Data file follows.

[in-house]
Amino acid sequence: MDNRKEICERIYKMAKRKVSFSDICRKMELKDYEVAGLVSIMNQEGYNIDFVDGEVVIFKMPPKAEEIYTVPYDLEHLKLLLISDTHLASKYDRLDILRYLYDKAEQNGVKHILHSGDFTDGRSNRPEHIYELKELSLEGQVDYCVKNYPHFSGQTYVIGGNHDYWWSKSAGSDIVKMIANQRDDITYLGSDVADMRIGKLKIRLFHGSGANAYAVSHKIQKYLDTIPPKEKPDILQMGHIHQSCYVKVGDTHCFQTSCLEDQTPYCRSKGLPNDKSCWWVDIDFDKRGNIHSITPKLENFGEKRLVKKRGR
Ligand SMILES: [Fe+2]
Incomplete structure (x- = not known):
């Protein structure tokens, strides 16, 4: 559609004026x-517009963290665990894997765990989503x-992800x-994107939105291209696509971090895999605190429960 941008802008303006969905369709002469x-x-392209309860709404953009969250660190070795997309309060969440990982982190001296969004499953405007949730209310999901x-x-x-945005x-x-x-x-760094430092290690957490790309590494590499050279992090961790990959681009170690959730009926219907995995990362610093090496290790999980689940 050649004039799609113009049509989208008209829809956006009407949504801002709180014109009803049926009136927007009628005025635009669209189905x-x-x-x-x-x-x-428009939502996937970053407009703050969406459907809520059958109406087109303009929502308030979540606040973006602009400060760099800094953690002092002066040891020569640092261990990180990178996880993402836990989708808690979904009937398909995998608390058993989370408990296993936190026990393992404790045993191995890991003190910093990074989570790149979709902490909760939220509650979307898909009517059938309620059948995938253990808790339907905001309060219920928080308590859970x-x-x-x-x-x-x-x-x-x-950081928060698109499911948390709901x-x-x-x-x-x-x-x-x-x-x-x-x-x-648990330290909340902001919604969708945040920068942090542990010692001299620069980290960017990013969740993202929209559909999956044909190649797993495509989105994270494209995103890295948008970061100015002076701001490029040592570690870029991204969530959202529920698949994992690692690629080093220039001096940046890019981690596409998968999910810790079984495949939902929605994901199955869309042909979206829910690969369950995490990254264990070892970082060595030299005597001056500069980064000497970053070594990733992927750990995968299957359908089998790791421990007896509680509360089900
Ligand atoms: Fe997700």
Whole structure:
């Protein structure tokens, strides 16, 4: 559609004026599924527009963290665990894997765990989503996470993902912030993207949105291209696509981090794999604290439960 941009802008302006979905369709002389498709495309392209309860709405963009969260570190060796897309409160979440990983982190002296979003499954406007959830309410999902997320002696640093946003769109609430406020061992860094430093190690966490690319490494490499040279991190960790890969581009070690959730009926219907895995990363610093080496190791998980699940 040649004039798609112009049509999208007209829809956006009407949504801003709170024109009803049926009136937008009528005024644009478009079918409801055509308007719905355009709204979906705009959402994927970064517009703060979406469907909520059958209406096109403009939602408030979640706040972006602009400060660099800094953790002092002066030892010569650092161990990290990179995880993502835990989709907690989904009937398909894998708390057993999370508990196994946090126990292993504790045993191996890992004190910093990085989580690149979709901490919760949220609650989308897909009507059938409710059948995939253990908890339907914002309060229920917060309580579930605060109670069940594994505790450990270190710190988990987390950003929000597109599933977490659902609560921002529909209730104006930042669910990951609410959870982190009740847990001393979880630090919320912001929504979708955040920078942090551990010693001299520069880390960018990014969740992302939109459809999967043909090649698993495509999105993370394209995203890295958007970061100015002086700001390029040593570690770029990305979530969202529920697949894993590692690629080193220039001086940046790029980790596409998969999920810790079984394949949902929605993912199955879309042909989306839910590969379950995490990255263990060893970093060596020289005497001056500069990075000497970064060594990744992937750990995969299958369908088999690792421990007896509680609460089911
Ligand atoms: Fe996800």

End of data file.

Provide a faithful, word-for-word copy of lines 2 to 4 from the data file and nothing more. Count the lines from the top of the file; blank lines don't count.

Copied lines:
Amino acid sequence: MDNRKEICERIYKMAKRKVSFSDICRKMELKDYEVAGLVSIMNQEGYNIDFVDGEVVIFKMPPKAEEIYTVPYDLEHLKLLLISDTHLASKYDRLDILRYLYDKAEQNGVKHILHSGDFTDGRSNRPEHIYELKELSLEGQVDYCVKNYPHFSGQTYVIGGNHDYWWSKSAGSDIVKMIANQRDDITYLGSDVADMRIGKLKIRLFHGSGANAYAVSHKIQKYLDTIPPKEKPDILQMGHIHQSCYVKVGDTHCFQTSCLEDQTPYCRSKGLPNDKSCWWVDIDFDKRGNIHSITPKLENFGEKRLVKKRGR
Ligand SMILES: [Fe+2]
Incomplete structure (x- = not known):